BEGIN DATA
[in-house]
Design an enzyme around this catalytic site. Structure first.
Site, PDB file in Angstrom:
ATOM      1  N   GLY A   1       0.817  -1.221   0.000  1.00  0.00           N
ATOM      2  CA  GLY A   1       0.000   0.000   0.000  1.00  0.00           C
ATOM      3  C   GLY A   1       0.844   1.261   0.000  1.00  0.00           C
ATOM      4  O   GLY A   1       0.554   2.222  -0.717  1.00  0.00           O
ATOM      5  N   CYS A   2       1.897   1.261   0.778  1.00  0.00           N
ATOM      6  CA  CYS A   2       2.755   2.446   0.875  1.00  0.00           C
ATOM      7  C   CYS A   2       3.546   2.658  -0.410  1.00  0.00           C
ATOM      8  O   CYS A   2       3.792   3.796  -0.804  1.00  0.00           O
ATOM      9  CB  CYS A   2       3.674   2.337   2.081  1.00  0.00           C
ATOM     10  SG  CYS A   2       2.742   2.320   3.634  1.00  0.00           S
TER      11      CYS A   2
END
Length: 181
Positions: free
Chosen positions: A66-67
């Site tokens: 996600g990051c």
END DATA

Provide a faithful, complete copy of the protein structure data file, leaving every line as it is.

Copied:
[in-house]
Design an enzyme around this catalytic site. Structure first.
Site, PDB file in Angstrom:
ATOM      1  N   GLY A   1       0.817  -1.221   0.000  1.00  0.00           N
ATOM      2  CA  GLY A   1       0.000   0.000   0.000  1.00  0.00           C
ATOM      3  C   GLY A   1       0.844   1.261   0.000  1.00  0.00           C
ATOM      4  O   GLY A   1       0.554   2.222  -0.717  1.00  0.00           O
ATOM      5  N   CYS A   2       1.897   1.261   0.778  1.00  0.00           N
ATOM      6  CA  CYS A   2       2.755   2.446   0.875  1.00  0.00           C
ATOM      7  C   CYS A   2       3.546   2.658  -0.410  1.00  0.00           C
ATOM      8  O   CYS A   2       3.792   3.796  -0.804  1.00  0.00           O
ATOM      9  CB  CYS A   2       3.674   2.337   2.081  1.00  0.00           C
ATOM     10  SG  CYS A   2       2.742   2.320   3.634  1.00  0.00           S
TER      11      CYS A   2
END
Length: 181
Positions: free
Chosen positions: A66-67
């Site tokens: 996600g990051c």